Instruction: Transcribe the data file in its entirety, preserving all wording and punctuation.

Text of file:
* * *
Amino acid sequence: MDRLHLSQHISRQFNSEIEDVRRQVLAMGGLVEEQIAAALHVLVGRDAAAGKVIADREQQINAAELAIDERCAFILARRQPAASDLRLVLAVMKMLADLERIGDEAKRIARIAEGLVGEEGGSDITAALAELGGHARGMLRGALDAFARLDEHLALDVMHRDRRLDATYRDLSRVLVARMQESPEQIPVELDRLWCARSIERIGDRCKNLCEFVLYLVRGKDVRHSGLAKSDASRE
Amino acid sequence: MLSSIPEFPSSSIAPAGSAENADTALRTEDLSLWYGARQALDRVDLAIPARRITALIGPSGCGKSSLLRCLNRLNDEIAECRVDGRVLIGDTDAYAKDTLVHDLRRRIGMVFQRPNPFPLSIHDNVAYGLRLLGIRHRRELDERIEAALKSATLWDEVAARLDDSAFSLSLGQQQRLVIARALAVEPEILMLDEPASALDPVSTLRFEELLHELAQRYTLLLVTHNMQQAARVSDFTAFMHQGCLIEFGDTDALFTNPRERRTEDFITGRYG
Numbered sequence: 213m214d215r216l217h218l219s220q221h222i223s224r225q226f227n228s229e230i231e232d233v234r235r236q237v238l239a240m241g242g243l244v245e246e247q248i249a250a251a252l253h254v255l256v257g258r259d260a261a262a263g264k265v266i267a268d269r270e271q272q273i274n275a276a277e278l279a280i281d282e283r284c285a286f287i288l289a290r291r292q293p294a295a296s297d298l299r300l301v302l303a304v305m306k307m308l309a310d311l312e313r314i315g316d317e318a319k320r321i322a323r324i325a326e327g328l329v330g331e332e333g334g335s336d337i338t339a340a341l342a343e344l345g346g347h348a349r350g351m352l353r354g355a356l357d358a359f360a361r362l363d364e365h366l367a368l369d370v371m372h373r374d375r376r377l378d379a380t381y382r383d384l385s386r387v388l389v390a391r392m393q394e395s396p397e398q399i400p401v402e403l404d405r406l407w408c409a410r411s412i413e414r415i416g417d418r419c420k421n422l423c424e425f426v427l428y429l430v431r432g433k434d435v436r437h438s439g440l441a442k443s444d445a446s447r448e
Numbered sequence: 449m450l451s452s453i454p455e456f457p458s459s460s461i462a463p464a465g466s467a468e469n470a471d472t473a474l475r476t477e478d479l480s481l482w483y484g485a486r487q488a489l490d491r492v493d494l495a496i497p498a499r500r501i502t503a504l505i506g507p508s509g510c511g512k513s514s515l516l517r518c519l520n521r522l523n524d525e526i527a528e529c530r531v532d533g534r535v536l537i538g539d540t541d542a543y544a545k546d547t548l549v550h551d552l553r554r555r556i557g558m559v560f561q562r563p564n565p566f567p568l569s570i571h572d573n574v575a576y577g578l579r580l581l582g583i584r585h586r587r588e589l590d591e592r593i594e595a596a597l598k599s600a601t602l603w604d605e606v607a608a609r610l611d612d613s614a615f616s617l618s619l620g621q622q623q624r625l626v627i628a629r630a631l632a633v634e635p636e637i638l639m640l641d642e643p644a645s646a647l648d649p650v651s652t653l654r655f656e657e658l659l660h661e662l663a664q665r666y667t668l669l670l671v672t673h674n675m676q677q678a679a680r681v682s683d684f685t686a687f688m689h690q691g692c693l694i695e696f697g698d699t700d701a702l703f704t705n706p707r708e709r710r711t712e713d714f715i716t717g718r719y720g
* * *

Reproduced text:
Amino acid sequence: MDRLHLSQHISRQFNSEIEDVRRQVLAMGGLVEEQIAAALHVLVGRDAAAGKVIADREQQINAAELAIDERCAFILARRQPAASDLRLVLAVMKMLADLERIGDEAKRIARIAEGLVGEEGGSDITAALAELGGHARGMLRGALDAFARLDEHLALDVMHRDRRLDATYRDLSRVLVARMQESPEQIPVELDRLWCARSIERIGDRCKNLCEFVLYLVRGKDVRHSGLAKSDASRE
Amino acid sequence: MLSSIPEFPSSSIAPAGSAENADTALRTEDLSLWYGARQALDRVDLAIPARRITALIGPSGCGKSSLLRCLNRLNDEIAECRVDGRVLIGDTDAYAKDTLVHDLRRRIGMVFQRPNPFPLSIHDNVAYGLRLLGIRHRRELDERIEAALKSATLWDEVAARLDDSAFSLSLGQQQRLVIARALAVEPEILMLDEPASALDPVSTLRFEELLHELAQRYTLLLVTHNMQQAARVSDFTAFMHQGCLIEFGDTDALFTNPRERRTEDFITGRYG
Numbered sequence: 213m214d215r216l217h218l219s220q221h222i223s224r225q226f227n228s229e230i231e232d233v234r235r236q237v238l239a240m241g242g243l244v245e246e247q248i249a250a251a252l253h254v255l256v257g258r259d260a261a262a263g264k265v266i267a268d269r270e271q272q273i274n275a276a277e278l279a280i281d282e283r284c285a286f287i288l289a290r291r292q293p294a295a296s297d298l299r300l301v302l303a304v305m306k307m308l309a310d311l312e313r314i315g316d317e318a319k320r321i322a323r324i325a326e327g328l329v330g331e332e333g334g335s336d337i338t339a340a341l342a343e344l345g346g347h348a349r350g351m352l353r354g355a356l357d358a359f360a361r362l363d364e365h366l367a368l369d370v371m372h373r374d375r376r377l378d379a380t381y382r383d384l385s386r387v388l389v390a391r392m393q394e395s396p397e398q399i400p401v402e403l404d405r406l407w408c409a410r411s412i413e414r415i416g417d418r419c420k421n422l423c424e425f426v427l428y429l430v431r432g433k434d435v436r437h438s439g440l441a442k443s444d445a446s447r448e
Numbered sequence: 449m450l451s452s453i454p455e456f457p458s459s460s461i462a463p464a465g466s467a468e469n470a471d472t473a474l475r476t477e478d479l480s481l482w483y484g485a486r487q488a489l490d491r492v493d494l495a496i497p498a499r500r501i502t503a504l505i506g507p508s509g510c511g512k513s514s515l516l517r518c519l520n521r522l523n524d525e526i527a528e529c530r531v532d533g534r535v536l537i538g539d540t541d542a543y544a545k546d547t548l549v550h551d552l553r554r555r556i557g558m559v560f561q562r563p564n565p566f567p568l569s570i571h572d573n574v575a576y577g578l579r580l581l582g583i584r585h586r587r588e589l590d591e592r593i594e595a596a597l598k599s600a601t602l603w604d605e606v607a608a609r610l611d612d613s614a615f616s617l618s619l620g621q622q623q624r625l626v627i628a629r630a631l632a633v634e635p636e637i638l639m640l641d642e643p644a645s646a647l648d649p650v651s652t653l654r655f656e657e658l659l660h661e662l663a664q665r666y667t668l669l670l671v672t673h674n675m676q677q678a679a680r681v682s683d684f685t686a687f688m689h690q691g692c693l694i695e696f697g698d699t700d701a702l703f704t705n706p707r708e709r710r711t712e713d714f715i716t717g718r719y720g